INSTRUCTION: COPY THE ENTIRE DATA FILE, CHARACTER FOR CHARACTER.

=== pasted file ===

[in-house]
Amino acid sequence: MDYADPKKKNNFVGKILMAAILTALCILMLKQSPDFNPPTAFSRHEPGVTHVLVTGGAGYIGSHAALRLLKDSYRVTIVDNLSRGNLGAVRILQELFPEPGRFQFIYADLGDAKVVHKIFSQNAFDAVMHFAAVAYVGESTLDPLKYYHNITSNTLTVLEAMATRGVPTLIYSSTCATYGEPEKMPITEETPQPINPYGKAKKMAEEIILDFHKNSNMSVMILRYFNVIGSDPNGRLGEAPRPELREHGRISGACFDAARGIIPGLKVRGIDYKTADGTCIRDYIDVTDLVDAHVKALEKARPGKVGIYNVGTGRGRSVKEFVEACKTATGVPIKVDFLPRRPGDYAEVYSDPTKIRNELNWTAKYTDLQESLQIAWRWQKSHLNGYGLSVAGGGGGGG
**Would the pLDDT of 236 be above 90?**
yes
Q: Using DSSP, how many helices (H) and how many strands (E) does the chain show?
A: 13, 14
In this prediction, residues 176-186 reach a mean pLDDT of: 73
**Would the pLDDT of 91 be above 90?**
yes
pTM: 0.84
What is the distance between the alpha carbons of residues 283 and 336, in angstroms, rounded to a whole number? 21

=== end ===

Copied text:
[in-house]
Amino acid sequence: MDYADPKKKNNFVGKILMAAILTALCILMLKQSPDFNPPTAFSRHEPGVTHVLVTGGAGYIGSHAALRLLKDSYRVTIVDNLSRGNLGAVRILQELFPEPGRFQFIYADLGDAKVVHKIFSQNAFDAVMHFAAVAYVGESTLDPLKYYHNITSNTLTVLEAMATRGVPTLIYSSTCATYGEPEKMPITEETPQPINPYGKAKKMAEEIILDFHKNSNMSVMILRYFNVIGSDPNGRLGEAPRPELREHGRISGACFDAARGIIPGLKVRGIDYKTADGTCIRDYIDVTDLVDAHVKALEKARPGKVGIYNVGTGRGRSVKEFVEACKTATGVPIKVDFLPRRPGDYAEVYSDPTKIRNELNWTAKYTDLQESLQIAWRWQKSHLNGYGLSVAGGGGGGG
**Would the pLDDT of 236 be above 90?**
yes
Q: Using DSSP, how many helices (H) and how many strands (E) does the chain show?
A: 13, 14
In this prediction, residues 176-186 reach a mean pLDDT of: 73
**Would the pLDDT of 91 be above 90?**
yes
pTM: 0.84
What is the distance between the alpha carbons of residues 283 and 336, in angstroms, rounded to a whole number? 21